American School of Classical Studies at Athens
Jane E. Buikstra,
Regents’ Professor and Founding Director, Center for Bioarchaeological Research, Arizona State University
In this webinar, Dr. Jane Buikstra will first define bioarchaeology, the archaeological science approach taken to investigate the lives of those buried in the Phaleron cemetery. Excavated between 2012-2015 by the Ephorate of Piraeus and Islands under the direction of Dr. Stella Chryssoulaki, the Phaleron cemetery brought to light thousands of burials during the construction of the Stavros Niarchos Foundation Cultural Center (SNFCC).
Dr. Buikstra will consider the Phaleron historical and archaeological contexts as well as up-to-date results of the Phaleron Bioarchaeological Project, a collaborative undertaking between the Malcolm H. Wiener Laboratory for Archaeological Sciences of the American School of Classical Studies at Athens, Arizona State University, and the Ephorate of Piraeus and Islands.
To close, Dr. Buikstra will introduce viewers to a few of the people who had been interred in the Phaleron cemetery providing insight into the past lives of Greece.
About our speaker:
Dr. Jane Buikstra (PhD, University of Chicago) defined the discipline of bioarchaeology, an international field that enriches archaeological knowledge of past peoples. Her research encompasses bioarchaeology, paleopathology, forensic anthropology and paleodemography, spanning North America, the west-central Andes, Mayan Mesoamerica, and the Mediterranean. She has published more than 20 books and 150 articles and has mentored more than 55 doctoral students and is currently investigating the evolutionary history of ancient tuberculosis in the Americas via archaeologically-recovered pathogen DNA, and is Project Director for the Phaleron Bioarchaeological Project in Athens, Greece.
At Arizona State University, Dr. Buikstra is a Regents Professor and the Founding Director of the Center for Bioarchaeological Research. She is a member of the National Academy of Sciences & American Academy of Arts & Sciences and served as president of the American Association of Physical Anthropologists (AAPA), the American Anthropological Association, and the Paleopathology Association.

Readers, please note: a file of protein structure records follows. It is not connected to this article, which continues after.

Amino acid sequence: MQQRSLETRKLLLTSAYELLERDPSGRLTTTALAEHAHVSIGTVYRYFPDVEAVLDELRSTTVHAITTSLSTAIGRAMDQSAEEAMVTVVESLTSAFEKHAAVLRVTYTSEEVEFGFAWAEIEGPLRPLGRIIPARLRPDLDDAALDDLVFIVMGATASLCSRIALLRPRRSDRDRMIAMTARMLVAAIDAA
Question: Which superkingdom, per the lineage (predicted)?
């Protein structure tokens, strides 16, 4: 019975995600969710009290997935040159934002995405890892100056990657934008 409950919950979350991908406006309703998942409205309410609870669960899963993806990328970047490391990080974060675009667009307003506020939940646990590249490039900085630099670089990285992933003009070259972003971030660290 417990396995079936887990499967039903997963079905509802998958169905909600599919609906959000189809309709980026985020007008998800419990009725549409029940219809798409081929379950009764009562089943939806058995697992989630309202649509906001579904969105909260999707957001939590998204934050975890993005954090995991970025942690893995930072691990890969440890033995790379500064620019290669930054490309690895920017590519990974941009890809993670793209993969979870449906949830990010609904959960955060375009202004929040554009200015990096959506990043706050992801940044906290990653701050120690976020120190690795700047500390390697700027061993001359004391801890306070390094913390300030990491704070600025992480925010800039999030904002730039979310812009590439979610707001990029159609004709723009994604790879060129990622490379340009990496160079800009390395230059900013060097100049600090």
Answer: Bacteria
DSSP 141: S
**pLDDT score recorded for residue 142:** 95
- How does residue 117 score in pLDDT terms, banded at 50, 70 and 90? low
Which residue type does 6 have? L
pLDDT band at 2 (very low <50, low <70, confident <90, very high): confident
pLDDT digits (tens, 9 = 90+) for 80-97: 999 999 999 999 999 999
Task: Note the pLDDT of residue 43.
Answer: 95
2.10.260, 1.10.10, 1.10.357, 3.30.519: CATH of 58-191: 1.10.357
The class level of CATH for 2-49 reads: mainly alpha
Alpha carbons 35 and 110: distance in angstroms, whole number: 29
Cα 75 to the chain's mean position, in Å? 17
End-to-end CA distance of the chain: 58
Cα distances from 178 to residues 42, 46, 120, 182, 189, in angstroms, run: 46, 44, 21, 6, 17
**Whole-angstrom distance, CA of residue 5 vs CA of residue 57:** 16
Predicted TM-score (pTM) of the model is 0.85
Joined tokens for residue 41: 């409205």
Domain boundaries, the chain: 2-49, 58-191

Dr. Buikstra is a Regents' Professor of Bioarchaeology at Arizona State University (ASU). She is also the Founding Director of ASU’s Center for Bioarchaeological Research and Project Director for the Phaleron Bioarchaeological Project in Athens, Greece. She is a member of the National Academy of Sciences. and American Academy of Arts & Sciences. She is currently the president of the Center for American Archaeology and a Trustee of the American School of Classical Studies at Athens. She has served as president of the American Association of Physical Anthropologists, American Anthropological Association, and Paleopathology Association.
- Pomerance Award, Scientific Contributions to Archaeology, Archaeological Institute of America
- T. Dale Stewart Award, American Academy of Forensic Sciences
- Charles R. Darwin Lifetime Achievement Award, AAPA
- Eve Cockburn Award, PPA, Honorary DSc, Durham University
- Lloyd Cotsen Prize for Lifetime Achievement in World Archaeology
- University of Pennsylvania Museum of Archaeology and Anthropology
- Lucy Wharton Drexel Medal
- Gorjanovic-Kramberger Medal in Anthropology
- Croatian Society of Anthropology
- Ales Hrdlicka Medal
- Czech Anthropological Society
- Lifetime Achievement Award
- Shanghai Archaeological Forum
About Phaleron Archaeological Project:
A leader in archaeological scientific research, the Malcolm H. Wiener Laboratory was recently granted permission to study the cemetery at Phaleron (the old port of Athens). The cemetery is being excavated by Dr. Stella Chryssoulaki, Ephor of Piraeus and Western Attica, and is one of the most significant necropoleis in Attica during the Archaic Period. It was used for almost three centuries, from the late 8th to the early 5th century B.C. To date, over 1,500 burials have been recovered, including nearly 400 infant and child inhumations in jars. A team of top bioarchaeologists representing the Wiener Lab and the American School – led by Prof. Jane Buikstra of Arizona State University (a Trustee of the School and a member of the American Academy of Sciences) in collaboration with Dawnie Steadman, Director of the Forensics Laboratory of the University of Tennessee – will manage the study and scientific analysis of the skeletal remains.
The scope and range of the burials are of unparalleled importance for the study of ancient Athens and its port of Phaleron in the Archaic Period. The potential that these burials provide for increasing our understanding of ancient Greek society is significant. Questions concerning ancient diet and disease as well as social and political processes--such as the death penalty, political reforms, and legislation-- can potentially be answered. These answers could then lead to comparative studies that would eventually have global impact.
For further information you can visit the Phaleron Bioarchaeological Project’s webpage here.